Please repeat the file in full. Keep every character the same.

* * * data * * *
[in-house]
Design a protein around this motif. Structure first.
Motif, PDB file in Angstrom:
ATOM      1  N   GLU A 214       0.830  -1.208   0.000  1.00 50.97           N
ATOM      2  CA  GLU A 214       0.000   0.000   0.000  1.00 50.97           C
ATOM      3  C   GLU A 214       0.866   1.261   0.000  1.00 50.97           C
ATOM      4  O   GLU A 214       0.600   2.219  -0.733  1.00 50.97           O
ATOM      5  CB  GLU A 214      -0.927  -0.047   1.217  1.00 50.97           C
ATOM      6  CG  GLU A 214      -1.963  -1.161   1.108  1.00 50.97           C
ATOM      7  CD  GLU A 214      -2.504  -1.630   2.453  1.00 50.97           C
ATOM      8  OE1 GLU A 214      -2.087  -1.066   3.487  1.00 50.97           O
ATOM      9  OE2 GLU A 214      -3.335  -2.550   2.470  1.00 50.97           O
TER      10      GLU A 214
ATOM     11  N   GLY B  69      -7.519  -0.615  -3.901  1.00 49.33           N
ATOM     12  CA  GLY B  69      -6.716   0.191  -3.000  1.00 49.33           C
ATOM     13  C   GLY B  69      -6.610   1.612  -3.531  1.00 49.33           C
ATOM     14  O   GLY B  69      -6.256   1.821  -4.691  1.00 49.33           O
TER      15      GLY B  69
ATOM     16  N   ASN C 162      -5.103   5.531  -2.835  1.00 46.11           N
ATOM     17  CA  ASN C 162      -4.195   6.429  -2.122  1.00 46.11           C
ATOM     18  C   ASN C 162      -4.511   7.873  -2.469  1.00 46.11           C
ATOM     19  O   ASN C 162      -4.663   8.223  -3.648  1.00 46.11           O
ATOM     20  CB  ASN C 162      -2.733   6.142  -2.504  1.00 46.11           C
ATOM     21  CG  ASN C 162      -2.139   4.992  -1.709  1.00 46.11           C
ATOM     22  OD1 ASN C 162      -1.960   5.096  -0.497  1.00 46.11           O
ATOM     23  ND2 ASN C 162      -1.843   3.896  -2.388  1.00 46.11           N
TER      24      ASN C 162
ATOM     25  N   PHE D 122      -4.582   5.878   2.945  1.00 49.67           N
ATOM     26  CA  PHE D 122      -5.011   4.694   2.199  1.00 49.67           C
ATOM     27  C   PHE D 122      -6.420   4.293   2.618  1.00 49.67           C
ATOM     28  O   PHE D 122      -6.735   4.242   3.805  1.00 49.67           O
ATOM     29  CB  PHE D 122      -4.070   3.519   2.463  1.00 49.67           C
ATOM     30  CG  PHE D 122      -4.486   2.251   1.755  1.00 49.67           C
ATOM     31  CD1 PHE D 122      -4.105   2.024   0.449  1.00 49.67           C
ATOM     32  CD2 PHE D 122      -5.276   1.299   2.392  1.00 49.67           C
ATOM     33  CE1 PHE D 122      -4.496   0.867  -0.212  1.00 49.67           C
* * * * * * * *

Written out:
[in-house]
Design a protein around this motif. Structure first.
Motif, PDB file in Angstrom:
ATOM      1  N   GLU A 214       0.830  -1.208   0.000  1.00 50.97           N
ATOM      2  CA  GLU A 214       0.000   0.000   0.000  1.00 50.97           C
ATOM      3  C   GLU A 214       0.866   1.261   0.000  1.00 50.97           C
ATOM      4  O   GLU A 214       0.600   2.219  -0.733  1.00 50.97           O
ATOM      5  CB  GLU A 214      -0.927  -0.047   1.217  1.00 50.97           C
ATOM      6  CG  GLU A 214      -1.963  -1.161   1.108  1.00 50.97           C
ATOM      7  CD  GLU A 214      -2.504  -1.630   2.453  1.00 50.97           C
ATOM      8  OE1 GLU A 214      -2.087  -1.066   3.487  1.00 50.97           O
ATOM      9  OE2 GLU A 214      -3.335  -2.550   2.470  1.00 50.97           O
TER      10      GLU A 214
ATOM     11  N   GLY B  69      -7.519  -0.615  -3.901  1.00 49.33           N
ATOM     12  CA  GLY B  69      -6.716   0.191  -3.000  1.00 49.33           C
ATOM     13  C   GLY B  69      -6.610   1.612  -3.531  1.00 49.33           C
ATOM     14  O   GLY B  69      -6.256   1.821  -4.691  1.00 49.33           O
TER      15      GLY B  69
ATOM     16  N   ASN C 162      -5.103   5.531  -2.835  1.00 46.11           N
ATOM     17  CA  ASN C 162      -4.195   6.429  -2.122  1.00 46.11           C
ATOM     18  C   ASN C 162      -4.511   7.873  -2.469  1.00 46.11           C
ATOM     19  O   ASN C 162      -4.663   8.223  -3.648  1.00 46.11           O
ATOM     20  CB  ASN C 162      -2.733   6.142  -2.504  1.00 46.11           C
ATOM     21  CG  ASN C 162      -2.139   4.992  -1.709  1.00 46.11           C
ATOM     22  OD1 ASN C 162      -1.960   5.096  -0.497  1.00 46.11           O
ATOM     23  ND2 ASN C 162      -1.843   3.896  -2.388  1.00 46.11           N
TER      24      ASN C 162
ATOM     25  N   PHE D 122      -4.582   5.878   2.945  1.00 49.67           N
ATOM     26  CA  PHE D 122      -5.011   4.694   2.199  1.00 49.67           C
ATOM     27  C   PHE D 122      -6.420   4.293   2.618  1.00 49.67           C
ATOM     28  O   PHE D 122      -6.735   4.242   3.805  1.00 49.67           O
ATOM     29  CB  PHE D 122      -4.070   3.519   2.463  1.00 49.67           C
ATOM     30  CG  PHE D 122      -4.486   2.251   1.755  1.00 49.67           C
ATOM     31  CD1 PHE D 122      -4.105   2.024   0.449  1.00 49.67           C
ATOM     32  CD2 PHE D 122      -5.276   1.299   2.392  1.00 49.67           C
ATOM     33  CE1 PHE D 122      -4.496   0.867  -0.212  1.00 49.67           C